In the book Four Mothers at Chautauqua a certain pongee coat played an important role in the story. It was because of the pongee coat that Miss Hazel Harris met handsome Burnham Roberts. It was the pongee coat that made Burnham’s mother, Flossy Roberts, realize how much Hazel’s family neglected her. And it was gossip about Hazel wearing the pongee coat that set off a fearful argument between Hazel and her aunt.
So what, exactly, is a pongee coat? And what was so special about that coat that everyone in the story seemed to notice it?
When the book was published in 1913, pongee coats were very popular, although not everyone could afford to own one. In those days women’s coats were made out of many different fabrics: serge and wool tweed were staples in cool weather; taffeta and linen in warmer months.
But in summer, when days were warm and nights were only slightly cooler, ladies needed their coats to not only ward off potential chills, but to protect their gowns, skirts and blouses from soiling.
So in summer, women’s coats had to be serviceable but light-weight and cool. Linen and taffeta were, for a long time, the fabrics of choice for summer coats; but about 1903 the fashionable world rediscovered pongee, a type of silk that originated in Shantung China over 3500 years ago.
Pongee silk was a favorite for summer wear because it was cool, soft to the touch, long-wearing, and could be bought in varying weights.
Pongee had one other advantage as a summer fabric . . . it was washable. Unlike taffeta and linen, pongee silk could go right into the laundry tub.
An expensive silk that could also be laundered was a fashion game-changer in the early 1900s. By 1905 dressmakers and garment manufacturers had integrated the fabric into their summer designs.
Pongee’s natural color was a soft ecru, which was very much in vogue; but once a reliable method for dying pongee silk was developed, the fabric could be bought in every imaginable color.
It was also available in varying weights, which meant it could be used in making everything from light-weight blouses and dresses, to parasols, belts and gloves.
It was flexible enough to lend itself to tiny “pinch-tuck” details, and sturdy enough (in medium and heavier weights) to pleat nicely in skirts and tailored jackets.
The fabric was even used to make hats. Pongee silk held shapes well; in lighter weights it was perfect for the layered scarf look so popular in driving hats.
Budget-minded consumers may have made do with shirtwaists and dresses made of gingham (which cost about 6 cents a yard) or cotton muslin (8 cents a yard). But if you wanted your summer clothes to be made of finer fabrics, you had to pay for it.
Prices for pongee silk varied widely. American-made pongee in natural ecru ran about 70 to 80 cents a yard.
By comparison, genuine heavy Chinese pongee suitable for making coats cost $2.00 or more per yard.
Pongee was available in colors, but dyed pongee cost much more than the natural ecru color. Lighter weights of pongee silk also cost more, and they were highly desired because they were used to tailor gowns and shirtwaists.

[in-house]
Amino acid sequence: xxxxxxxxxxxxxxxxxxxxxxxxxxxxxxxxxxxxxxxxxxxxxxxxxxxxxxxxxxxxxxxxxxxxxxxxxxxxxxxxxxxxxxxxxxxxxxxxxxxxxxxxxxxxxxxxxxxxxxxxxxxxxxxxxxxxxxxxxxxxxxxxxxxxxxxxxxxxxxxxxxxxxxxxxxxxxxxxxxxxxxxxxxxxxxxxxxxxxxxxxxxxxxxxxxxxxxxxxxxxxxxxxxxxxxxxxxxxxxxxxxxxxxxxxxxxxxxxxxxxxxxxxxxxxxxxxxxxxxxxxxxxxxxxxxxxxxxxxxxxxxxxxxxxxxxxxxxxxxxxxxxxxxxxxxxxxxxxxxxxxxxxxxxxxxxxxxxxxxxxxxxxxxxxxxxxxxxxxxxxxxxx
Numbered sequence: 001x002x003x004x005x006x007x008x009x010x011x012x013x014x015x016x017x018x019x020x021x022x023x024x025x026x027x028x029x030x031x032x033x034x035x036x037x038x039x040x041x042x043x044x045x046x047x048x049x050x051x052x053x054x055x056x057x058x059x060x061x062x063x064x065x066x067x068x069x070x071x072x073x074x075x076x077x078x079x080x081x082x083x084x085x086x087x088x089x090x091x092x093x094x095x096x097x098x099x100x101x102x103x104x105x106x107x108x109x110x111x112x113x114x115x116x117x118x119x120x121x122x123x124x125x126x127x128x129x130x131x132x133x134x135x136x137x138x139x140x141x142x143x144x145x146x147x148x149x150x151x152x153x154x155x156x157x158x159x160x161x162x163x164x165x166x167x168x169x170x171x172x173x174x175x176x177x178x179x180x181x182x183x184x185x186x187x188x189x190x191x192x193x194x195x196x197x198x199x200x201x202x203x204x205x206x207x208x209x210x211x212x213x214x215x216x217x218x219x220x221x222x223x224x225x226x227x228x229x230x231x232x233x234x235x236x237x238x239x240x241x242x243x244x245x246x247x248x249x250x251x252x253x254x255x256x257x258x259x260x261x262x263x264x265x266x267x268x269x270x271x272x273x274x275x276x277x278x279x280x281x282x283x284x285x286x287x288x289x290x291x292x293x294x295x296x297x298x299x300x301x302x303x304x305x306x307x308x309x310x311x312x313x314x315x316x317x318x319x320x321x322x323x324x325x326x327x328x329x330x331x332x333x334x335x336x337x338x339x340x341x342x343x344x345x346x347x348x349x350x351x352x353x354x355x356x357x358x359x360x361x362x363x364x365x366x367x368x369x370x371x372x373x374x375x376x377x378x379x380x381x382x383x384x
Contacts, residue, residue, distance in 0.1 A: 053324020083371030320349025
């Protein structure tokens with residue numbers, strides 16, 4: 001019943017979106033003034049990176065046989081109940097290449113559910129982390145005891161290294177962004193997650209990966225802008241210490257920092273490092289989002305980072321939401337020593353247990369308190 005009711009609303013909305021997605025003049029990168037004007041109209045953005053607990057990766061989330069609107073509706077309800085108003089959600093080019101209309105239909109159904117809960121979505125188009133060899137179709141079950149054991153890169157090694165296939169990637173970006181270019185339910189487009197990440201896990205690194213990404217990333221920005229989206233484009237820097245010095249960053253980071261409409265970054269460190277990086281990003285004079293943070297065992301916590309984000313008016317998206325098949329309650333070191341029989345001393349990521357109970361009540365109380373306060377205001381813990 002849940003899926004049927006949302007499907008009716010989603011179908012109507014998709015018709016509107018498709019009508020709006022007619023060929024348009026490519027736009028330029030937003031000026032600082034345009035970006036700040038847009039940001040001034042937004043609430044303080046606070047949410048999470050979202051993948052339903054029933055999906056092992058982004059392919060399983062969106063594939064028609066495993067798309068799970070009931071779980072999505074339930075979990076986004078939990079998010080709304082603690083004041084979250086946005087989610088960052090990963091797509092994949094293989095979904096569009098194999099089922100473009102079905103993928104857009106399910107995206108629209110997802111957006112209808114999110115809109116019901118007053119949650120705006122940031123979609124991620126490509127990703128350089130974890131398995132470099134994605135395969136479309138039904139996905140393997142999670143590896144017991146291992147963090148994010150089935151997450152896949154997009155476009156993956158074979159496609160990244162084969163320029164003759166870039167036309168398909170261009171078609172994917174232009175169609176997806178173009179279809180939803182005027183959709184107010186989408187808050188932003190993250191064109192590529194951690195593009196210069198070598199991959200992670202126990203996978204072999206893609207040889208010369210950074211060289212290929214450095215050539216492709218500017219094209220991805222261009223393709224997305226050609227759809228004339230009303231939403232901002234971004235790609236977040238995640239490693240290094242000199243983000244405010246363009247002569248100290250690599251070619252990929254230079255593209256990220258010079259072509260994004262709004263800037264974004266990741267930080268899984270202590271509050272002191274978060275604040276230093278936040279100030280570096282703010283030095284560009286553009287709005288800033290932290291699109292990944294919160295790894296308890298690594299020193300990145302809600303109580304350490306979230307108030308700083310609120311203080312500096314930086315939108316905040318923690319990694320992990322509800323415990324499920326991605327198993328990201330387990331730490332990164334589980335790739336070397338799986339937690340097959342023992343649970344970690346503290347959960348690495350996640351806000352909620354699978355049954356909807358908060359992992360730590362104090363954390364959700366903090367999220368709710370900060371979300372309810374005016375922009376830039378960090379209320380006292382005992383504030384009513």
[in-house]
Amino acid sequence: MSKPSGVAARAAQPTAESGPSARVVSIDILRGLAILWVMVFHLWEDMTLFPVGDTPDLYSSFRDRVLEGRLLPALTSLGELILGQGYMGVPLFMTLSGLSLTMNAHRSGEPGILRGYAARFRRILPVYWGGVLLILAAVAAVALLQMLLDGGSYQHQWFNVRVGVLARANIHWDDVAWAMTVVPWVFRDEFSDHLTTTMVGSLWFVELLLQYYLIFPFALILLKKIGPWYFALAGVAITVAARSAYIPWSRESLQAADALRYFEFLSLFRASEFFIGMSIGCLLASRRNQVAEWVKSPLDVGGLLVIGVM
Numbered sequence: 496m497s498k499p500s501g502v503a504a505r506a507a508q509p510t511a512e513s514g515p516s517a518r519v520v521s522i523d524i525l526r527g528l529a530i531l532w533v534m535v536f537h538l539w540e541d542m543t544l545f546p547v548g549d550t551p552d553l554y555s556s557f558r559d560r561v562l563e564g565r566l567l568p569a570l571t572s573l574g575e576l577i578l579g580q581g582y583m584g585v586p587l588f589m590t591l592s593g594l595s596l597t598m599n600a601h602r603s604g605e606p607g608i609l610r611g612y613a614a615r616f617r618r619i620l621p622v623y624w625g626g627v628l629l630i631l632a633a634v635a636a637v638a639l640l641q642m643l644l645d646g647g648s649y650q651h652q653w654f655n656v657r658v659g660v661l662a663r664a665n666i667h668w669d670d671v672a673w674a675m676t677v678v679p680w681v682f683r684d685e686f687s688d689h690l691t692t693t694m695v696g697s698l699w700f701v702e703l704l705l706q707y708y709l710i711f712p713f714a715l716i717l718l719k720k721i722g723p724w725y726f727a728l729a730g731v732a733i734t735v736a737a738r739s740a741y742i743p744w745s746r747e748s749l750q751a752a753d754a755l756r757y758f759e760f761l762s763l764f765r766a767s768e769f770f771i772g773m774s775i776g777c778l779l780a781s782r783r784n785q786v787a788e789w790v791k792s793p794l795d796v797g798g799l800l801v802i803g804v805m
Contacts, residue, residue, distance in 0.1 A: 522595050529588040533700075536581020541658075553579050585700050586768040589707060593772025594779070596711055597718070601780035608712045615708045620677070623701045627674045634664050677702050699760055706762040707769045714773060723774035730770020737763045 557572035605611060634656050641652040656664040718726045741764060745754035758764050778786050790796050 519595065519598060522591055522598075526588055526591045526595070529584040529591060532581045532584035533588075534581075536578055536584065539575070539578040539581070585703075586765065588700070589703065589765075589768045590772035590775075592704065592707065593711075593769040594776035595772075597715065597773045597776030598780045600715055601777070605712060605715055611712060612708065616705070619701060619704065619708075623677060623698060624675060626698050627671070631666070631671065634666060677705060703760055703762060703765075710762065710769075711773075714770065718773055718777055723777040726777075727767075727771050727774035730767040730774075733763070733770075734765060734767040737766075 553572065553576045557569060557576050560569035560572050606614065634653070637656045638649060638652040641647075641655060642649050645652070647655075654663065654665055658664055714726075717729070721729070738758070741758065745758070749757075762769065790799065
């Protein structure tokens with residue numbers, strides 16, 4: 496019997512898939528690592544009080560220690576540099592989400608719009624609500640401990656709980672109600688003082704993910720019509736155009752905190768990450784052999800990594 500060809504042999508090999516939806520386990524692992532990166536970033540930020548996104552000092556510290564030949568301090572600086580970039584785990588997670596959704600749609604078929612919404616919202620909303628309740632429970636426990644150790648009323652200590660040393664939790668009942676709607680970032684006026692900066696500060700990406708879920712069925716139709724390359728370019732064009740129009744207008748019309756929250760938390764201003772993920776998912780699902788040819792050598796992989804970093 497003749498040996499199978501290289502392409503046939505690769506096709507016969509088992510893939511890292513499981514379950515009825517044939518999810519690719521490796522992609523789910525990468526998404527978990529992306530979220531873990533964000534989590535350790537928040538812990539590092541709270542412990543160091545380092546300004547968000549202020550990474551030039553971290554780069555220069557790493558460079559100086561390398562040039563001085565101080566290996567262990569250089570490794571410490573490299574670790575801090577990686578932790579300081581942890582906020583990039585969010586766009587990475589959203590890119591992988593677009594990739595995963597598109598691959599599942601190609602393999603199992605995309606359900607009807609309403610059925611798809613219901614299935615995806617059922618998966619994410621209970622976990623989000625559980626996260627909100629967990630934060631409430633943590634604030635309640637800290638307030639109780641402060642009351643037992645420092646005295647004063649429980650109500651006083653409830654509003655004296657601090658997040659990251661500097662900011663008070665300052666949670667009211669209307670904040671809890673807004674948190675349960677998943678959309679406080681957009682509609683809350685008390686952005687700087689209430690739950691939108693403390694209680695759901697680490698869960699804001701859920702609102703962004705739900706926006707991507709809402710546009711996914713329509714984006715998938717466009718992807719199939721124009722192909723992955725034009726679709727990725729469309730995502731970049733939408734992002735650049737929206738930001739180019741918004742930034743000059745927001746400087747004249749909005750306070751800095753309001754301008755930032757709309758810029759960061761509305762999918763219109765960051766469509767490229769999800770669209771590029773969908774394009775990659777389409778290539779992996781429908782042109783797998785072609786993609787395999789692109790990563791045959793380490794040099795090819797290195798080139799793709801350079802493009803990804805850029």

That may explain why Flossy’s pongee coat was so eye-catching. Flossy lent her coat to Hazel Harris because Hazel had nothing to wear for a drive out in Flossy’s carriage. Flossy convinced Hazel to wear her long pongee coat so it would cover Hazel’s cheap and ragged clothes.
A gossip remembered seeing Hazel riding in Flossy’s carriage because Hazel’s coat caught her eye:
“I confess that I stared, especially at her lovely coat; it attracted me almost as much as her face.”
“Her ‘lovely coat’!” repeated Josephine, dazed.
“Yes, she had on a perfectly beautiful coat, heavily embroidered. I don’t think I ever saw a handsomer one. I am very fond of pongee.”
Hazel herself described the coat as a “beautiful coat that fitted her to perfection.”
But generous Flossy believed that it was Hazel who made the coat beautiful:
“She looked lovely in it,” Mrs. Roberts said, thoughtfully. “I didn’t know it was so pretty until I saw it on her.”
A heavily embroidered, colored pongee coat, tailored so it fit close to the body, would have been extravagantly expensive in 1913, and Marion Dennis mentioned that Flossy’s coat cost $30. Compare that with the prices of pongee coats in this ad from a 1910 edition of the Omaha Daily Bee newspaper (click on the image to see a larger version):
Flossy described the moment when the carriage ride came to an end and Hazel had to take the pongee coat off:
“She slipped the coat off in the quietest way as we turned the corner into Terrace Avenue and patted it lovingly as she laid it on the seat and said to it—not to me, mind you, but to it—’Thank you, darling; you are beautiful and I have worn you for two whole hours. I shall never forget you.’ Wasn’t that original and pathetic? She is certainly a very interesting girl. I am quite determined to know more of her.”
And Flossy did get to know Hazel quite well; and since Four Mothers at Chautauqua had a very happy ending, it’s entirely possible that Hazel was one day able to own a pongee coat of her very own.